The death of former Israeli Prime Minister Menachem Begin on March 9 brought back memories of high hopes for Middle East peace. This former guerrilla turned peacemaker was a key player in the historic events of the late 1970s--the Camp David summit and the shared Nobel Peace Prize (with Egypt's Anwar Sadat), as well as the return of the Sinai Peninsula to Egypt.
Begin's passing also recalled his determination to establish Israeli settlements on the West Bank's Occupied Territories, areas he called by their biblical names--Judea and Samaria. The day after his election as prime minister in May 1977, Begin visited one of the handful of settlements then in existence, Elon Moreh, to declare: "There will be many, many settlements in the coming weeks."
Fifteen years after the late prime minister's promise to implement the 1974 Gush Emunim plan for putting 100,000 Jewish settlers onto the West Bank, 91,000 Jews actually live there, with some 157,000 others in the rest of the territories annexed by Israel after the 1967 Six-Day War. In all, nearly one quarter of a million Israelis, 5 percent of the country's total population, reside in these settlements.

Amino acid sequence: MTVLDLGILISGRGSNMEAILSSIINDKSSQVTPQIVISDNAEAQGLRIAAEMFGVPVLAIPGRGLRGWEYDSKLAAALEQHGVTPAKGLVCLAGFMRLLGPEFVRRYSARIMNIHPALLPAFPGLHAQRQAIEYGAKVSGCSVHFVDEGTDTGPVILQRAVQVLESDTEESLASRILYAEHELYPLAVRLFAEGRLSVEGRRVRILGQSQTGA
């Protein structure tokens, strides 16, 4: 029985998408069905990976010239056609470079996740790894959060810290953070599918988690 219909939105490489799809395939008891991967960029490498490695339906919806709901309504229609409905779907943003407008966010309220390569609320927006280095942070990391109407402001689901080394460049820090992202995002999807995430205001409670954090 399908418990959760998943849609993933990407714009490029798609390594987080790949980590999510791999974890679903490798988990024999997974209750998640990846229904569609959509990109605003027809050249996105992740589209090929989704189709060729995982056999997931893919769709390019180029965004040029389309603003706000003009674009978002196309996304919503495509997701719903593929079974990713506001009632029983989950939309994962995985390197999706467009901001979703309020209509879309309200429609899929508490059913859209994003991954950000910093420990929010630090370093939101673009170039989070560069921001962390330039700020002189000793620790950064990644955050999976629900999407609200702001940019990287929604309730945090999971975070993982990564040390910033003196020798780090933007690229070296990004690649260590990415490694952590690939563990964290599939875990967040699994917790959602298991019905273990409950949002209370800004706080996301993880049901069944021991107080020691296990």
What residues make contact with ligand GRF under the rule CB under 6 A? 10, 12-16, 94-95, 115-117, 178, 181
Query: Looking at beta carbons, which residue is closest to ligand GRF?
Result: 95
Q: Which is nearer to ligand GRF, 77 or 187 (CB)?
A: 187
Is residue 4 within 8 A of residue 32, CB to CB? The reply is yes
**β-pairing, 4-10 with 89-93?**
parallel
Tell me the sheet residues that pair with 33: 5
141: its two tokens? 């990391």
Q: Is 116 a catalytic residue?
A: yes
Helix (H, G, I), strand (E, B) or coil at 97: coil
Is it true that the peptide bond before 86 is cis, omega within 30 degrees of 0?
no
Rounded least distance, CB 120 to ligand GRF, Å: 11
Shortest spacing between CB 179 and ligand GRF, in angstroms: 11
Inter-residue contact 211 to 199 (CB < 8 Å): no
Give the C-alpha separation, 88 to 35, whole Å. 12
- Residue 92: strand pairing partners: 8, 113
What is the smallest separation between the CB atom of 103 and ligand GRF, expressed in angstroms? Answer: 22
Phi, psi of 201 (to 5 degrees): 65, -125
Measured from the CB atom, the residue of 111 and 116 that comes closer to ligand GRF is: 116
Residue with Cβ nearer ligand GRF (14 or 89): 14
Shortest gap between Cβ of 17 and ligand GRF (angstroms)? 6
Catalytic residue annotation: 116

Today, using as justification the need to accommodate thousands of Jewish emigres from what was the Soviet Union, the Israeli government continues building settlements in the Occupied Territories. Most observers believe this threatens the peace process currently under way between Israel and its Arab neighbors, serves as a continued irritant for U.S. relations with Israel, and may delay to the point of no return any solution regarding a Palestinian homeland.